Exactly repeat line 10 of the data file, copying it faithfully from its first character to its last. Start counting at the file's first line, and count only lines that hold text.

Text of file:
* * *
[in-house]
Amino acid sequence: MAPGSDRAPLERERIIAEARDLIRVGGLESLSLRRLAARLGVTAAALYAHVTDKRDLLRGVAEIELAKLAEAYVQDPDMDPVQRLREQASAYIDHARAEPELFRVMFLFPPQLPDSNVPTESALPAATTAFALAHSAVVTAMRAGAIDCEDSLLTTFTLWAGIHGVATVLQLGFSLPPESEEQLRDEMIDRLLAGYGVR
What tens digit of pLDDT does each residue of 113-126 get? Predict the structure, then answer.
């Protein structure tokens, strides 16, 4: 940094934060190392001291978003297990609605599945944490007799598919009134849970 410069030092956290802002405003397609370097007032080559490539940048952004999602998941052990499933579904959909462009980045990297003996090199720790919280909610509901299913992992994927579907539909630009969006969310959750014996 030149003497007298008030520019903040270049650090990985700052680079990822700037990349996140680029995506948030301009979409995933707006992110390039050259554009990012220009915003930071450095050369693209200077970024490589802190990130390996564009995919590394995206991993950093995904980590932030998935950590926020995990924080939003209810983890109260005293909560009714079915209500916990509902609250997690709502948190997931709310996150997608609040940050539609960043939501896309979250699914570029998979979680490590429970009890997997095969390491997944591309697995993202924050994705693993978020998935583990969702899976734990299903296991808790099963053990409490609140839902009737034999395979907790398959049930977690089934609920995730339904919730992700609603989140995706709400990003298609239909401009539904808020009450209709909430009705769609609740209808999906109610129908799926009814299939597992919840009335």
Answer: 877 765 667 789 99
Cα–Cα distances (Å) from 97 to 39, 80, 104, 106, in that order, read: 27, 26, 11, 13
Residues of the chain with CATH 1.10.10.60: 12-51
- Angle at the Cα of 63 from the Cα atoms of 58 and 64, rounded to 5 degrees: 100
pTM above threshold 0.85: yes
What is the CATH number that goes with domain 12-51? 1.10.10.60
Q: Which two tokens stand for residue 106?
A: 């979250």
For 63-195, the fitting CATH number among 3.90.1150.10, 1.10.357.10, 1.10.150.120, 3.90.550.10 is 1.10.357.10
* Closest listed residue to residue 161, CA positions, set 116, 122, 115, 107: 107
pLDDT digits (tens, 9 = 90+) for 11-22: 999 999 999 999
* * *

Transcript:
What is the CATH number that goes with domain 12-51? 1.10.10.60